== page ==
There are two separate sets of convenings and conversations happening around education policy in California. One is well-attended by equity advocates, policy-makers, academics, electeds and the heads of education associations like the CSBA, ACSA or PTA. Then there are another set of convenings, primarily attended by “EdTech” companies who are attempting to build a market for their service or product.
The policy and decision making gatherings are inexpensive or free and tend to attract the same speakers and audience – a virtuous choir of people who vehemently agree and the conversation inevitably leads to the profound inequities of our education system in CA.
The EdTech events also talk about addressing equity, but are attended by sources of revenue like Venture Capitalists, investors, and a wider set of education “advocates” whose engagement with school districts typically comes in the form of managing technology projects on their behalf.
With the rise of technology in classrooms and a spike in investment in education for profits, it’s time to bring these worlds together for a meaningful dialogue.
In the K-12 space alone, EdTech companies received more than $2 billion in funding between 2010 and 2015. Advances in digital technology make the possibilities seem endless, which is why a recent report by EdTechXGlobal and IBIS Capital estimates that the global EdTech market will grow to $252 billion by 2020.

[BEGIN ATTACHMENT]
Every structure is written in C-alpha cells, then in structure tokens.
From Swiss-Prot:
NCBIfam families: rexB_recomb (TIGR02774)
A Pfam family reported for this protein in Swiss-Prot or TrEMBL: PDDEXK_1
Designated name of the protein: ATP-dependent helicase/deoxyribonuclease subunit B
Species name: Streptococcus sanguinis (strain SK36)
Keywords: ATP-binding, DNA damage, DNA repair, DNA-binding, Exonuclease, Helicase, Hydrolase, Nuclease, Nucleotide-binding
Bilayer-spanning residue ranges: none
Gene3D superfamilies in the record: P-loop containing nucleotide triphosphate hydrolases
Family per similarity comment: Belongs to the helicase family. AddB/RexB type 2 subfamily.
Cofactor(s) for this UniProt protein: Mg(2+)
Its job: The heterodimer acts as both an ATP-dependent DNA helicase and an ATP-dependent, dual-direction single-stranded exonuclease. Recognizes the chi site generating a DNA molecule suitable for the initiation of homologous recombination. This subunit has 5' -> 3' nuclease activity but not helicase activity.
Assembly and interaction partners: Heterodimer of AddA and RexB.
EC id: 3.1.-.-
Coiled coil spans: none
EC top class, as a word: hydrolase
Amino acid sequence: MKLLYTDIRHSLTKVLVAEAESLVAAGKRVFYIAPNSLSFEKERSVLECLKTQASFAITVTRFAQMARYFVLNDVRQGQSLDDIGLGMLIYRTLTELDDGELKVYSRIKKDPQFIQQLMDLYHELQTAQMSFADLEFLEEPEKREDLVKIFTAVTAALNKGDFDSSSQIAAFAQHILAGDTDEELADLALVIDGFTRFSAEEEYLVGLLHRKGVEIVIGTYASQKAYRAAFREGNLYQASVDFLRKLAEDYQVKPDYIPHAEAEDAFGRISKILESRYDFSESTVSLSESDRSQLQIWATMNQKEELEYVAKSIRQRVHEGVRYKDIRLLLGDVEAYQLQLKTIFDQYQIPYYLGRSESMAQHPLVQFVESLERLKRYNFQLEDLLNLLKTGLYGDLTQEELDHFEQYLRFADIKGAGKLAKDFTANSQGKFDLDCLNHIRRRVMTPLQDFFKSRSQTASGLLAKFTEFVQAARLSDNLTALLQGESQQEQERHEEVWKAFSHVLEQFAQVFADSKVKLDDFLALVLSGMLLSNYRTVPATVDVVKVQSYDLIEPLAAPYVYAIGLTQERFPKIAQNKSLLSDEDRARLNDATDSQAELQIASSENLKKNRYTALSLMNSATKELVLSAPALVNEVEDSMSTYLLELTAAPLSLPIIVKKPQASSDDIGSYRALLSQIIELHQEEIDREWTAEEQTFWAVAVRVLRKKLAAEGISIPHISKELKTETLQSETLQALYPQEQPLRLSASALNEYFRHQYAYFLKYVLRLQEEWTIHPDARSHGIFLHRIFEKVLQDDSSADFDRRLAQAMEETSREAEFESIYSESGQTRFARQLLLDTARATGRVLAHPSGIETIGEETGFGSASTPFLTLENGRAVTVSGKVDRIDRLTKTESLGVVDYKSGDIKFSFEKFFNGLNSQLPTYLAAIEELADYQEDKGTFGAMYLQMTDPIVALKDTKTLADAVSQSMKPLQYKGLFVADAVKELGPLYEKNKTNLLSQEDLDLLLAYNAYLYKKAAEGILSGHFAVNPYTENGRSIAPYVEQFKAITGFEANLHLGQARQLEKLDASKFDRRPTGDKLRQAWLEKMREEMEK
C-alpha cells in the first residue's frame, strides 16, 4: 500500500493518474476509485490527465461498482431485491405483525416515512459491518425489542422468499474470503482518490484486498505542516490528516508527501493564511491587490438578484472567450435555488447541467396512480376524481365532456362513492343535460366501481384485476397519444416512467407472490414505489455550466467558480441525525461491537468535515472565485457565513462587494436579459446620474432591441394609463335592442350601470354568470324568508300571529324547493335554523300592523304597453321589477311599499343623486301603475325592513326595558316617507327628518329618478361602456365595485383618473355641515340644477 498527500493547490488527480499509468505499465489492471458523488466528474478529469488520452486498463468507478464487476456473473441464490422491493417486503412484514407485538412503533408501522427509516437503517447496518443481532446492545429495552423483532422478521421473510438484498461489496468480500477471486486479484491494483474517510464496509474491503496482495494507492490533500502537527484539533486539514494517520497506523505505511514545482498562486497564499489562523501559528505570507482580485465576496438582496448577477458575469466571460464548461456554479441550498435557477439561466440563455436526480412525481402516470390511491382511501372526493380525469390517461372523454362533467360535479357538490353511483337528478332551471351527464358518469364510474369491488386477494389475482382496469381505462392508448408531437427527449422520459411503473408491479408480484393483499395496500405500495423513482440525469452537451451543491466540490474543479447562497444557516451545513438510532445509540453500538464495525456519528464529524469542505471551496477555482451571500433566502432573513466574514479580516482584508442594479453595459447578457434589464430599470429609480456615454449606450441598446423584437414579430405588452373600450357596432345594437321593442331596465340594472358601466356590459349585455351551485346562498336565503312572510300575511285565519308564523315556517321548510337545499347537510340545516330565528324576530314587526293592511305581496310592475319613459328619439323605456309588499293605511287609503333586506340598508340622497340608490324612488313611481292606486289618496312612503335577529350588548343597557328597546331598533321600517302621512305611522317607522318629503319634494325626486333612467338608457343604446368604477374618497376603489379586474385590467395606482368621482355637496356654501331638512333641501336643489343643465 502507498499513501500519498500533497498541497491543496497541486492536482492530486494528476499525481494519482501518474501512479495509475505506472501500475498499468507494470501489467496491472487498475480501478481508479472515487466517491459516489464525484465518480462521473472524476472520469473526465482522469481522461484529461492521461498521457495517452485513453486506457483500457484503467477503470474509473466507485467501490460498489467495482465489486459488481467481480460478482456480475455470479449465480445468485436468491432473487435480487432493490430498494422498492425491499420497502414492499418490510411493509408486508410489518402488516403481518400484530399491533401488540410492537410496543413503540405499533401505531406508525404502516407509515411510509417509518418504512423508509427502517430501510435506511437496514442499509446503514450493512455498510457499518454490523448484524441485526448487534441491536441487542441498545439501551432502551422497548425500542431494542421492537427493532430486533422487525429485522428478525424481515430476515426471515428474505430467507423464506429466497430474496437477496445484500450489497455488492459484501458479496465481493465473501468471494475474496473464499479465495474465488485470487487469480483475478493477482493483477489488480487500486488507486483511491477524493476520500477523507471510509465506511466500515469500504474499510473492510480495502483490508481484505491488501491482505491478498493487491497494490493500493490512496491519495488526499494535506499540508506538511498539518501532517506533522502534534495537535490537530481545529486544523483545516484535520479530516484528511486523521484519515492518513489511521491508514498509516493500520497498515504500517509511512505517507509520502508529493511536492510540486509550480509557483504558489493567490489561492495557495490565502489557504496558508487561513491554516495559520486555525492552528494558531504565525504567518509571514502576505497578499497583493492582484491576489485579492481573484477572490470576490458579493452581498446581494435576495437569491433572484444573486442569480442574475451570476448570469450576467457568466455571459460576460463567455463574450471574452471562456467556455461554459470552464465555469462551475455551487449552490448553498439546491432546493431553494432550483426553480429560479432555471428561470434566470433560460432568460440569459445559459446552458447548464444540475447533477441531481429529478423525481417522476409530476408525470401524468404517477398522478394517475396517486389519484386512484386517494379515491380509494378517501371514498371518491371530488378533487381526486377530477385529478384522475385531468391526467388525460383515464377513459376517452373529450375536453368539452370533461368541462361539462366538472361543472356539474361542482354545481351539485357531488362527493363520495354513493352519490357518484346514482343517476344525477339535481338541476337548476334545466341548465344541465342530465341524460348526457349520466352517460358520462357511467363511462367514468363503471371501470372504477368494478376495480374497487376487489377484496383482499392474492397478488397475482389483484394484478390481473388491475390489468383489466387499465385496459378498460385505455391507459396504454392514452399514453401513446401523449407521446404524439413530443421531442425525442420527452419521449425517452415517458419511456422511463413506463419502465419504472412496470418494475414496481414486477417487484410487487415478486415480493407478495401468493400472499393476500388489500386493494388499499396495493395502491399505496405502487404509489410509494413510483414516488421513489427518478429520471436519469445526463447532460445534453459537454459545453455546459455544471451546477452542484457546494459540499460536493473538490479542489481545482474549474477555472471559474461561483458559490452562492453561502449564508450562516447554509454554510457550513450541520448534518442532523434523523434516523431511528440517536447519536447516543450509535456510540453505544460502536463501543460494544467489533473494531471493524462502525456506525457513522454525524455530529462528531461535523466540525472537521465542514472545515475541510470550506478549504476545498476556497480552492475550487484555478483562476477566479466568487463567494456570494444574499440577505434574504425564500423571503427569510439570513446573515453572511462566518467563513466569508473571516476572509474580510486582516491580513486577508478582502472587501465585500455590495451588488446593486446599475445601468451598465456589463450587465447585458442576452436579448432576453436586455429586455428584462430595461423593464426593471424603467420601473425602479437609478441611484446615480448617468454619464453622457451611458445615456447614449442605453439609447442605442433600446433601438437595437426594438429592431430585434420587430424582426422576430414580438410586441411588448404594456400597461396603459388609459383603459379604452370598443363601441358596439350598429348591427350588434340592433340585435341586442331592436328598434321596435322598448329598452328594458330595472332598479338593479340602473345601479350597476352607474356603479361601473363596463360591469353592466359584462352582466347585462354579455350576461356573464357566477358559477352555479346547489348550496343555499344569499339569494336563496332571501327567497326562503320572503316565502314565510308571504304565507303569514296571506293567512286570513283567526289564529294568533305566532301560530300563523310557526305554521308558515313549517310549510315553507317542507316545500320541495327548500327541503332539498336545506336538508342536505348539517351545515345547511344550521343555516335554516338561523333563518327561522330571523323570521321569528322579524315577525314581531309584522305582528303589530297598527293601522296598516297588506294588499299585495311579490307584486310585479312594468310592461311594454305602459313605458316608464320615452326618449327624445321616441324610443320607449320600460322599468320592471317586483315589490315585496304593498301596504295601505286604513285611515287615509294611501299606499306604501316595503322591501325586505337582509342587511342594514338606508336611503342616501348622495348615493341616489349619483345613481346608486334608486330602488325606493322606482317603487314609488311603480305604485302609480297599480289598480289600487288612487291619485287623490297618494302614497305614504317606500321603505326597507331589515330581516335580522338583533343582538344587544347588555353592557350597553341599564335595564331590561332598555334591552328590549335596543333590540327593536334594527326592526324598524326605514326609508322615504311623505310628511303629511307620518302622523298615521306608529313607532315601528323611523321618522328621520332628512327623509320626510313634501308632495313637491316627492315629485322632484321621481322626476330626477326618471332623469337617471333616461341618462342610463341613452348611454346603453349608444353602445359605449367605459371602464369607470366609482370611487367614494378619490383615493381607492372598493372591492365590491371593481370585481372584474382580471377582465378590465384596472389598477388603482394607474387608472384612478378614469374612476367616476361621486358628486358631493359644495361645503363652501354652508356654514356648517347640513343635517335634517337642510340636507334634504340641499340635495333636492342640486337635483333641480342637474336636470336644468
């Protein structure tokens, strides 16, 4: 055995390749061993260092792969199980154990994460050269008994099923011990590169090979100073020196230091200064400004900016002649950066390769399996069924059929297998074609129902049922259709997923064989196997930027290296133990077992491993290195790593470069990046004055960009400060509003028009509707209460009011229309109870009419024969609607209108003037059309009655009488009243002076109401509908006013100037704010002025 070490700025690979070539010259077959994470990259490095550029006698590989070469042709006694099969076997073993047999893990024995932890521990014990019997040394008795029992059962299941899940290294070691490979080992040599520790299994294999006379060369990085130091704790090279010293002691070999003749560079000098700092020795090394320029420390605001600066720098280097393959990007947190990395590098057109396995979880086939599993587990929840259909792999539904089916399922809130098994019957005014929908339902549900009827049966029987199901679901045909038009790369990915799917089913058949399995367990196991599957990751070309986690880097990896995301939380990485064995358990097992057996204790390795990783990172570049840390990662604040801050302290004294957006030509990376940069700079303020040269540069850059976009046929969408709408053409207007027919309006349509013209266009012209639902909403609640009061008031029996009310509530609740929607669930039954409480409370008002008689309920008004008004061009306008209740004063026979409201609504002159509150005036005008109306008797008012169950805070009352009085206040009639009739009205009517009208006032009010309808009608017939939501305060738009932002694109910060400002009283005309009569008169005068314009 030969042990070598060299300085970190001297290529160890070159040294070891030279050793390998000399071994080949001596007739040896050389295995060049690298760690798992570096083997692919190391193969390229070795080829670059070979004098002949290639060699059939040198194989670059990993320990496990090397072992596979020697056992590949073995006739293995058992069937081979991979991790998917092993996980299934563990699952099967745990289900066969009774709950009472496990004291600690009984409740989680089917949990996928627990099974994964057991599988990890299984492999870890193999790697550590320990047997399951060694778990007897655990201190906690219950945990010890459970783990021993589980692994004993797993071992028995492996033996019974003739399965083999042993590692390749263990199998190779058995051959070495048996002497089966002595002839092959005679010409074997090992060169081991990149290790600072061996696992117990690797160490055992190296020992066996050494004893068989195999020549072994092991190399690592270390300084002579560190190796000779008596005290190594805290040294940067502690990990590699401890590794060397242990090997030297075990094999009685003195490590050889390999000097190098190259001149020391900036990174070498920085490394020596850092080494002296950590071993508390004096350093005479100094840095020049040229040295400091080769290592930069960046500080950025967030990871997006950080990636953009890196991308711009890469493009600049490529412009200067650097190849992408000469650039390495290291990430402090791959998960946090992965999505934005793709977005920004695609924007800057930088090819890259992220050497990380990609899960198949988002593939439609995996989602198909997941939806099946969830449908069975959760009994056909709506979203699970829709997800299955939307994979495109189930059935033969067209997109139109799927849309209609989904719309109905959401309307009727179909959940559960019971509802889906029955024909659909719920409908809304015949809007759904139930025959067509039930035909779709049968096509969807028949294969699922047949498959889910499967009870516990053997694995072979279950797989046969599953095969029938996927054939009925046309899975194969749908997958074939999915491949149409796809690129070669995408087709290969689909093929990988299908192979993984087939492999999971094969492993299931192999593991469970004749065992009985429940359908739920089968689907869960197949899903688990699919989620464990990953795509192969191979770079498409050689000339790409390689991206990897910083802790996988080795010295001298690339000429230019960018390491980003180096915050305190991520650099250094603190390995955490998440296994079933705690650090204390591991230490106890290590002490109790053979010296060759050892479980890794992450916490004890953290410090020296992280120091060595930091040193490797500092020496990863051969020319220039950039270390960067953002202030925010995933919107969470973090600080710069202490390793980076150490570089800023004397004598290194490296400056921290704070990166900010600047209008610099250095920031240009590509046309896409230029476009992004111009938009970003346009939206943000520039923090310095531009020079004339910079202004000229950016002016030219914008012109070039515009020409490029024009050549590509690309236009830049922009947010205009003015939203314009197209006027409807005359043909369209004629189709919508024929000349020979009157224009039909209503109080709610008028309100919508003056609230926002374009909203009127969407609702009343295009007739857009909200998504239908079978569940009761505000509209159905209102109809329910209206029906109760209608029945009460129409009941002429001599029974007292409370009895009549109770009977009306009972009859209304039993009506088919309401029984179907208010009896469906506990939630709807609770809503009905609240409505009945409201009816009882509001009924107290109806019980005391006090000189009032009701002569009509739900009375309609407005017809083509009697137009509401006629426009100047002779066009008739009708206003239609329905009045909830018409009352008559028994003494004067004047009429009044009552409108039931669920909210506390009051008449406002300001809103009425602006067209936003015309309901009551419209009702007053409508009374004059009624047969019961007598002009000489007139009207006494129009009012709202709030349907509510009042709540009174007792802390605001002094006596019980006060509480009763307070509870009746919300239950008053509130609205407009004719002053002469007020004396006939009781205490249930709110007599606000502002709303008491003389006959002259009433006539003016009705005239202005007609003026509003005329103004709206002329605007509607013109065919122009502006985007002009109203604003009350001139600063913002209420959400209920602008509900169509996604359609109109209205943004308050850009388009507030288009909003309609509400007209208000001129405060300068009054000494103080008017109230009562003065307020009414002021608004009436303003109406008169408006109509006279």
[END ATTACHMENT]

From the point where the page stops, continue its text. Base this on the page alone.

PR & Company is delighted to partner this year with Melissa Rich and Tom Davis to begin to build a more integrated and robust circle of champions for EdSource, the premiere education policy media outlet in California.
EdSource’s 2017 symposium scheduled for October 5 — it’s the can’t miss event of the year for California educators and education advocates. EdSource is celebrating its 40th anniversary this year and PR & Company, along with Rich and Davis are working to launch a Champions sponsorship program that will bring the EdTech community together to support EdSource’s exceptional work reporting, through Webinars, in podcasts, and on special reports.
New media models that unite the public, non-profit and for-profit sectors will help ensure that what’s working for student success continues to get covered.